2.   Under 20 C.F.R. § 718.201, pneumoconiosis is defined as:a chronic dust disease of the lung and its sequelae, including respiratory and pulmonary impairments, arising out of coal mine employment.   This definition includes both medical, or “clinical”, pneumoconiosis and statutory, or “legal”, pneumoconiosis.․“Clinical pneumoconiosis” consists of those diseases recognized by the medical community as pneumoconioses, i.e., the conditions characterized by permanent deposition of substantial amounts of particulate matter in the lungs and the fibrotic reaction of the lung tissue to that deposition caused by dust exposure in coal mine employment.   This definition includes, but is not limited to, coal workers' pneumoconiosis, anthracosilicosis, anthracosis, anthrosilicosis, massive pulmonary fibrosis, silicosis or silicotuberculosis, arising out of coal mine employment.․“Legal pneumoconiosis” includes any chronic lung disease or impairment and its sequelae arising out of coal mine employment.   This definition includes, but is not limited to, any chronic restrictive or obstructive pulmonary disease arising out of coal mine employment.

3.   Mrs. Soubik and her son sent a letter to the BRB appealing its affirmation of the ALJ's decision, and the BRB deemed this letter a motion for reconsideration.

4.   Mrs. Soubik wrote to OWCP stating that she understood she needed to go to federal court so she could submit additional evidence to continue the claim, and OWCP treated her correspondence as a request for modification of the BRB's decision.

5.   Unlike the other two doctors whose opinions were in the record, Dr. Wagner's credentials were not specified.

6.   As noted above, that is simply not true.   Dr. Karlavage explained the normal results in 1985 by factoring in the effect of Soubik's medication.

7.   A “B-reader” is a person with a significant level of qualification for reading x-rays, and this court has given B-readers' x-ray readings greater weight than readings by less qualified personnel.   See Labelle Processing Co. v. Swarrow, 72 F.3d 308, 310 n. 3 (3d Cir.1995).   Only one of the people reading one of Mr. Soubik's chest x-rays was a B-reader.   He concluded that Soubik's x-ray did not indicate pneumoconiosis.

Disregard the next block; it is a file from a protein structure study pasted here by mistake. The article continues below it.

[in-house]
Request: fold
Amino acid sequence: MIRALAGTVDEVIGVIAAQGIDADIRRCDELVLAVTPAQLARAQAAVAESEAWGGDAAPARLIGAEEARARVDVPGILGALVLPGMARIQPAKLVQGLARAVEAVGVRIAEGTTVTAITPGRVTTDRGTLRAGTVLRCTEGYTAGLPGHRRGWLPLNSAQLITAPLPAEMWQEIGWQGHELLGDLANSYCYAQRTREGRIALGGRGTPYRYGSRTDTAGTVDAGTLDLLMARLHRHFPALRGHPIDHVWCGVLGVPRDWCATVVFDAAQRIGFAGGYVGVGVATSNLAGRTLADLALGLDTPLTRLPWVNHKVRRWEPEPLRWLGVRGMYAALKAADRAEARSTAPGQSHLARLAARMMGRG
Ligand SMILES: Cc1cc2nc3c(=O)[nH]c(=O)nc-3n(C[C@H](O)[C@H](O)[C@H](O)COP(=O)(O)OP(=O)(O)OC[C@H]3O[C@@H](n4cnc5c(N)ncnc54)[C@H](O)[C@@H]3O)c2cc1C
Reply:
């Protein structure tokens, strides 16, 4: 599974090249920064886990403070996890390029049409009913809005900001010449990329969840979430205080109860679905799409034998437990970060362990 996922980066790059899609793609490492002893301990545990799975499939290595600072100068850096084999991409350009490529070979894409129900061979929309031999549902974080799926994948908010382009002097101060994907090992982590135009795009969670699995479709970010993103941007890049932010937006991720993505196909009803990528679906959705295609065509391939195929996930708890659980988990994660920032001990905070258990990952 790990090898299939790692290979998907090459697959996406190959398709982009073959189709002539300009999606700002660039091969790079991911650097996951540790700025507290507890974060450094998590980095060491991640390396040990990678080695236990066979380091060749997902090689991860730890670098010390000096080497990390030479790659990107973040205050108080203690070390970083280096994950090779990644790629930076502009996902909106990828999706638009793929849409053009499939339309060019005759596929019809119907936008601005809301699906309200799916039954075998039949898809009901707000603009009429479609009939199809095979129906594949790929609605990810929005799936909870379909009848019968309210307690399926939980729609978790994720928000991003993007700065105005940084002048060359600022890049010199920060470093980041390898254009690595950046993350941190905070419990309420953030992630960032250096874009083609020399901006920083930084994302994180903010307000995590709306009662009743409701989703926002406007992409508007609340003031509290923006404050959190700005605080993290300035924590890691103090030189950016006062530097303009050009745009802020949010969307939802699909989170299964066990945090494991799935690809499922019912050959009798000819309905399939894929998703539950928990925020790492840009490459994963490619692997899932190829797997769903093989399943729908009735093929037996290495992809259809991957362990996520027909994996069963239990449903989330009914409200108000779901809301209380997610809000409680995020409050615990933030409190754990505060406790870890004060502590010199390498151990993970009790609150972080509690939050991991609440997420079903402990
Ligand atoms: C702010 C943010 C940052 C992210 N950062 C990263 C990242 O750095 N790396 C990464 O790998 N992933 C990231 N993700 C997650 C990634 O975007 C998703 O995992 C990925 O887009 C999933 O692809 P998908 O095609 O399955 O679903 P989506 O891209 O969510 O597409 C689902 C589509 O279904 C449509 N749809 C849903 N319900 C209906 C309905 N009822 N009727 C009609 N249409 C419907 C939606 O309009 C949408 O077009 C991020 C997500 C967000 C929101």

8.   Mrs. Soubik also testified that her brother died of pneumoconiosis, i.e. black lung disease, and that she had seen her brother daily for about 20 years before his death.   But this testimony is never linked to any observations she made of her husband's illness.

9.   He also testified at the April 1986 hearing on Mr. Soubik's claim, but that testimony focused on establishing that Soubik had worked as a coal miner and hauler.

10.   In Lukosevicz v. Director, OWCP, 888 F.2d 1001, 1004, 1006 (3d Cir.1989), we held that if the pneumoconiosis hastens death, even briefly, it can be considered a substantially contributing cause of death under 20 C.F.R. § 718.205(c).

11.   The ALJ could hardly expect lay testimony to establish causation or etiology.   That is beyond the purview or the competence of lay witnesses.   Such testimony can only be expected to corroborate certain symptoms and establish pertinent behavior or quality of life issues.   Expert testimony will usually be required to establish the necessary relationship between such observed indicia of pneumoconiosis and any underlying pathology.